Taxes on gold coins

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Topic Author
oldfarts
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Joined: Tue Jan 24, 2023 4:39 pm

Taxes on gold coins

Post by oldfarts »

I received some gold coins from an inheritance. Since I didn't purchase them is my profit the total value of the coin? If so is that subject to 'collectable' capital gain tax of 28%? Thanks.
Silk McCue
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Re: Taxes on gold coins

Post by Silk McCue »

Welcome to the forum!

Sorry for your loss.

The cost basis for tax purposes of the gold coins is their value on the date of the death of the owner. When you sell the gold taxes will only be due on any increase between the sale price and their valuation on the date of death.

Cheers
Topic Author
oldfarts
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Re: Taxes on gold coins

Post by oldfarts »

Thanks. Now I just need to find out what roughly was paid for the coins. This helps a lot.
secondcor521
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Re: Taxes on gold coins

Post by secondcor521 »

oldfarts wrote: Tue Jan 24, 2023 4:45 pm I received some gold coins from an inheritance. Since I didn't purchase them is my profit the total value of the coin? If so is that subject to 'collectable' capital gain tax of 28%? Thanks.
Silk answered the first part - you get a step up in basis to the value on the date of death, so you only owe capital gains taxes on the difference between that basis and your sales price. All inherited assets get long term tax treatment also, regardless of how long you or the decedent owned the coins.

Regarding your second question, the gold coins are a collectible (and taxed as such) unless they meet the requirements here: https://www.law.cornell.edu/uscode/text/31/5112#a. The gold coin specifications in that section of the law appear to apply to American Eagle gold coins but probably not others.

(You can get to that portion of the tax code by starting with a google of "collectible site:irs.gov" and going from there. Or at https://www.irs.gov/retirement-plans/in ... :text=Gold)
secondcor521
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Re: Taxes on gold coins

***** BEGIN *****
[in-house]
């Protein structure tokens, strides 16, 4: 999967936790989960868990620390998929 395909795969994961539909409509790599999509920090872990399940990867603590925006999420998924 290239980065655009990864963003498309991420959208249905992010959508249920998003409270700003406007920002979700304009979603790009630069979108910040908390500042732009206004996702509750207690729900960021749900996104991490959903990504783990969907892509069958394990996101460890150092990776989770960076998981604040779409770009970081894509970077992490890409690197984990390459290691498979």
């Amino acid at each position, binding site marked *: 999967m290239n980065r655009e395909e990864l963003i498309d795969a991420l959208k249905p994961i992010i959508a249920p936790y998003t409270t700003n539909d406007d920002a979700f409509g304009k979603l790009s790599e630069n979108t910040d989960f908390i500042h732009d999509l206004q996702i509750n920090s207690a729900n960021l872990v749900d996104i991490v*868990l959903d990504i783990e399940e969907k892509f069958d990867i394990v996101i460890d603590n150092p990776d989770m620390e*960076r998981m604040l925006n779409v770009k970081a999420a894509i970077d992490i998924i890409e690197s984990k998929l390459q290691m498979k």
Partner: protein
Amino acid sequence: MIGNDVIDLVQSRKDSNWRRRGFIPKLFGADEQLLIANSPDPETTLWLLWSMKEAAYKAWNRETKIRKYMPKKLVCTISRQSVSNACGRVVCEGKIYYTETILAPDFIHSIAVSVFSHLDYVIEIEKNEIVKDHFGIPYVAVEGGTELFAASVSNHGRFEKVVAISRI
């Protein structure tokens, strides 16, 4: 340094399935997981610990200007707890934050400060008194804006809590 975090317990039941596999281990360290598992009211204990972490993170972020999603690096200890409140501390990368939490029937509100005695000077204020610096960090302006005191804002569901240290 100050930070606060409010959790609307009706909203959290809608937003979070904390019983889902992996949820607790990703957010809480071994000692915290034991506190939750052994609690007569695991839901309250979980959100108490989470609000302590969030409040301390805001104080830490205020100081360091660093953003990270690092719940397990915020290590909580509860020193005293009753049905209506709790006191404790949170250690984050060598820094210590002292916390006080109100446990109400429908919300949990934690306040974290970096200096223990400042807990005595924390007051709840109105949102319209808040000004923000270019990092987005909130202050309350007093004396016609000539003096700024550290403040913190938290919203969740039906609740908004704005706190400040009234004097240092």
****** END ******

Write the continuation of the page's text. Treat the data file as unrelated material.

Post by secondcor521 »

oldfarts wrote: Tue Jan 24, 2023 8:03 pm Thanks. Now I just need to find out what roughly was paid for the coins. This helps a lot.
It doesn't matter what was paid for them any more. It matters what their value was as of the date of death of the decedent.
Topic Author
oldfarts
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Re: Taxes on gold coins

Post by oldfarts »

Great points. I'll read up on your suggested links. Thanks.
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Kenkat
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Re: Taxes on gold coins

Post by Kenkat »

secondcor521 wrote: Tue Jan 24, 2023 8:04 pm Regarding your second question, the gold coins are a collectible (and taxed as such) unless they meet the requirements here: https://www.law.cornell.edu/uscode/text/31/5112#a. The gold coin specifications in that section of the law appear to apply to American Eagle gold coins but probably not others.
I am not aware of any exemptions for any type of gold coins that would allow them not to be taxed as collectibles. Whether they are considered numismatic items or bullion coins, they are still taxed as collectibles as far as I have ever heard. For example, American Gold Eagles are considered collectible coins by the IRS.
secondcor521
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Re: Taxes on gold coins

Post by secondcor521 »

Kenkat wrote: Tue Jan 24, 2023 9:01 pm
secondcor521 wrote: Tue Jan 24, 2023 8:04 pm Regarding your second question, the gold coins are a collectible (and taxed as such) unless they meet the requirements here: https://www.law.cornell.edu/uscode/text/31/5112#a. The gold coin specifications in that section of the law appear to apply to American Eagle gold coins but probably not others.
I am not aware of any exemptions for any type of gold coins that would allow them not to be taxed as collectibles. Whether they are considered numismatic items or bullion coins, they are still taxed as collectibles as far as I have ever heard. For example, American Gold Eagles are considered collectible coins by the IRS.
From the IRS link in my earlier post:

"Gold, silver, platinum, palladium, and coins
The following coins and metals are not included in the definition of “collectible” under IRC Section 408(m):
Certain gold, silver, or platinum coins described in 31 USC Section 5112. See IRC Section 408(m)(3)(A) for the full definition."

-- https://www.irs.gov/retirement-plans/in ... :text=Gold

If you look at 31 USC 5112(a)(7), the definition there seems to include American Gold Eagles based on their diameter, weight, and gold content. ((a)(11) seems to refer to $50 gold Buffalo coins.)
fourwheelcycle
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Re: Taxes on gold coins

Post by fourwheelcycle »

I used to collect coins when I was in grade school, thru junior high. Back then, I used the Red and Blue books as a guide for buy and sell prices https://americancoinstash.com/2021/01/0 ... ing-books/. The books are still around, but I have not bought them since I was young.